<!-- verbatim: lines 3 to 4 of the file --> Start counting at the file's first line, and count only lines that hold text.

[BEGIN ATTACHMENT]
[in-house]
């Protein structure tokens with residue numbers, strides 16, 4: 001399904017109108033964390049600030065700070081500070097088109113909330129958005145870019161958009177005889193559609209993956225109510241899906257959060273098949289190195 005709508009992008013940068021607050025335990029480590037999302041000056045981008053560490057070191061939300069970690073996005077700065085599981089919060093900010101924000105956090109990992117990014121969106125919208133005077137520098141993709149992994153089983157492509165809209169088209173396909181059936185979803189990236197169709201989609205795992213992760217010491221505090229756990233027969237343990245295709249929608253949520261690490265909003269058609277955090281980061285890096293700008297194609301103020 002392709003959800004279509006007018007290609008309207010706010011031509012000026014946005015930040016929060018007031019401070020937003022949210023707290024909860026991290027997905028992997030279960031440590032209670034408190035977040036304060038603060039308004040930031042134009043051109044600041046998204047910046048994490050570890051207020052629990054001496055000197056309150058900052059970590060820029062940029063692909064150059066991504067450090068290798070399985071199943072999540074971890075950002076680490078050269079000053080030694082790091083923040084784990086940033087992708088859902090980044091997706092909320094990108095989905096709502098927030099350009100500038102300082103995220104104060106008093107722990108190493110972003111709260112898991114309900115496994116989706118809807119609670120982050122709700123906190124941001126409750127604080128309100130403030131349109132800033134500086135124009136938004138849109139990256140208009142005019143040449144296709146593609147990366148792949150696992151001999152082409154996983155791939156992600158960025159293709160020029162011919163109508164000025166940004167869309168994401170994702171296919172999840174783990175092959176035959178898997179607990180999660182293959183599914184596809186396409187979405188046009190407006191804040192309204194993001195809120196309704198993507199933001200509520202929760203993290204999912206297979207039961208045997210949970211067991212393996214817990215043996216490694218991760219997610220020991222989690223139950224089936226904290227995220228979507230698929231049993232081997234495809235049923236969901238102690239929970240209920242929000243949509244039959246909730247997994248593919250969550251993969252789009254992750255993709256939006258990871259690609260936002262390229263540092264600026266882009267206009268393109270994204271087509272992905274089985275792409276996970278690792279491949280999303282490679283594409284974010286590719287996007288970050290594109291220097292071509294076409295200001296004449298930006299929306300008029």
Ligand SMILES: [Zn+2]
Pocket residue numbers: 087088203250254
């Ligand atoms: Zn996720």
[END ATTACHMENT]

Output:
Ligand SMILES: [Zn+2]
Pocket residue numbers: 087088203250254